Here’s your letters U and V mixtape [Mediafire]:

Uprise – “Clash of the Genders” (Czech Republic)
Uphill Battle – “Ripped Off Face” (United States)
Venomous Concept – “A Case of the Mondays” (United States/England)
Unruh – “Mercitron” (United States)
Unsane Crisis – “Definitive Failure” (Spain)
Uzi Suicide – “Weird” (United States)
Violent Headache – “Coma” (Spain)
Unseen Terror – “In a Shallow Grave” (England)
Unholy Grave – “Shameless Bighead” (Japan)
Voetsek – “Mucho Macho” (United States)
Vulgar Pigeons – “Aggro-Culture” (United States)
Unbiased – “Buster Halter” (Japan)
Utopium – “Undermatch” (Portugual)

Total to date: 378 bands

Wednesday, June 8, 2011

G&P Review: Wage Slave

Wage Slave
Wage Slave

Wage Slave the EP, if you were lucky enough to find it at the time, was Kill the Client’s clarion call in defense of the old school, a manifesto that grindcore was still vital and bruising and about to demand its pride of place after the fallow years that were the late 1990s. Wage Slave the San Diego band sound nothing like Kill the Client. That just needs to be said.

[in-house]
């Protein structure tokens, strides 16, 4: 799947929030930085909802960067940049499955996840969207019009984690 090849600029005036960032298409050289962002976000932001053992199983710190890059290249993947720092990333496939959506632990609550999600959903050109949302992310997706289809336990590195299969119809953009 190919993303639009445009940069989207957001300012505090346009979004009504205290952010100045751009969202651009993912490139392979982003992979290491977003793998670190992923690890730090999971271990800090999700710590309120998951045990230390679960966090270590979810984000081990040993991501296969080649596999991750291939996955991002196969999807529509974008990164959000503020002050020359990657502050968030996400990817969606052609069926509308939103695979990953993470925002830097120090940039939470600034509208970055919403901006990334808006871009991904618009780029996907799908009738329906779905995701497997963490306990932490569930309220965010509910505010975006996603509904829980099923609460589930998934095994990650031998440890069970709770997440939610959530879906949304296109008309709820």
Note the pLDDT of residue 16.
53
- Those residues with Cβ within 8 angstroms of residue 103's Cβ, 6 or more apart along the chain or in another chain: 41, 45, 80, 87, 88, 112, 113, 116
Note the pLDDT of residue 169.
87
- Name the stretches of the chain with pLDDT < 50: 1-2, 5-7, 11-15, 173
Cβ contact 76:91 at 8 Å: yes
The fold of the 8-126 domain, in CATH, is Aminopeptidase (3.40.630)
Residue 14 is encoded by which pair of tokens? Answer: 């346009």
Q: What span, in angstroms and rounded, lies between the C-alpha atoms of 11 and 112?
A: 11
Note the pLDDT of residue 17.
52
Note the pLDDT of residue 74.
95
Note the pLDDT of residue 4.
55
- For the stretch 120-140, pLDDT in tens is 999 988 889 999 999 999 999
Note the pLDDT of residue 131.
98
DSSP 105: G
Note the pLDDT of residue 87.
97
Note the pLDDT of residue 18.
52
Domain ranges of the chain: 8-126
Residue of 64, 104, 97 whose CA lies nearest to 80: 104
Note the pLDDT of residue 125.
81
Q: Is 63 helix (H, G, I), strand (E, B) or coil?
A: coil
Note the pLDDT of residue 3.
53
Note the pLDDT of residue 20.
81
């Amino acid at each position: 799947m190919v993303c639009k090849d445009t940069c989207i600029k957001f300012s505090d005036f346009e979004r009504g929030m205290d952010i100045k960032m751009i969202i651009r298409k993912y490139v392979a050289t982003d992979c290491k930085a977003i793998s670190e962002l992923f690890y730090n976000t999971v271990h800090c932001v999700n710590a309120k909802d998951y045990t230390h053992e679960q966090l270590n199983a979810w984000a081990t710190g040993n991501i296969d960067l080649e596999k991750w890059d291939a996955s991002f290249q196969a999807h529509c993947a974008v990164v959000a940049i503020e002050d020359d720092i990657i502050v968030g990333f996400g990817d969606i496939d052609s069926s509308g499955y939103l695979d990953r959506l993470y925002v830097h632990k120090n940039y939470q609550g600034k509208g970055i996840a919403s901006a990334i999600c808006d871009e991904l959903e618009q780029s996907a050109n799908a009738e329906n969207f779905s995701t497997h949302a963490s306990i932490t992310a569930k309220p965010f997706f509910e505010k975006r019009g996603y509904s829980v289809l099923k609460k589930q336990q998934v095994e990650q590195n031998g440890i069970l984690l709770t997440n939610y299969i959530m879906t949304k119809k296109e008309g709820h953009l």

While they may share economically minded nomenclature, this Wage Slave is less blue collar than Texas’ finest. Instead, this quartet, graphing calculator in hand, is restlessly roaming the fringes where Antigama have staked their claim with this four song self titled EP. Looser and less focused than the Poles, Wage Slave lets their songs slowly spool out over three or four minutes. Concision takes a backseat to atmosphere on songs like “Street Sweeper.” The band seems to revel in spiraling, swirling riffs and angular, askance snare drum patterns. A straight line will never do when a zigzag detour will take you there by a more scenic, circuitous route.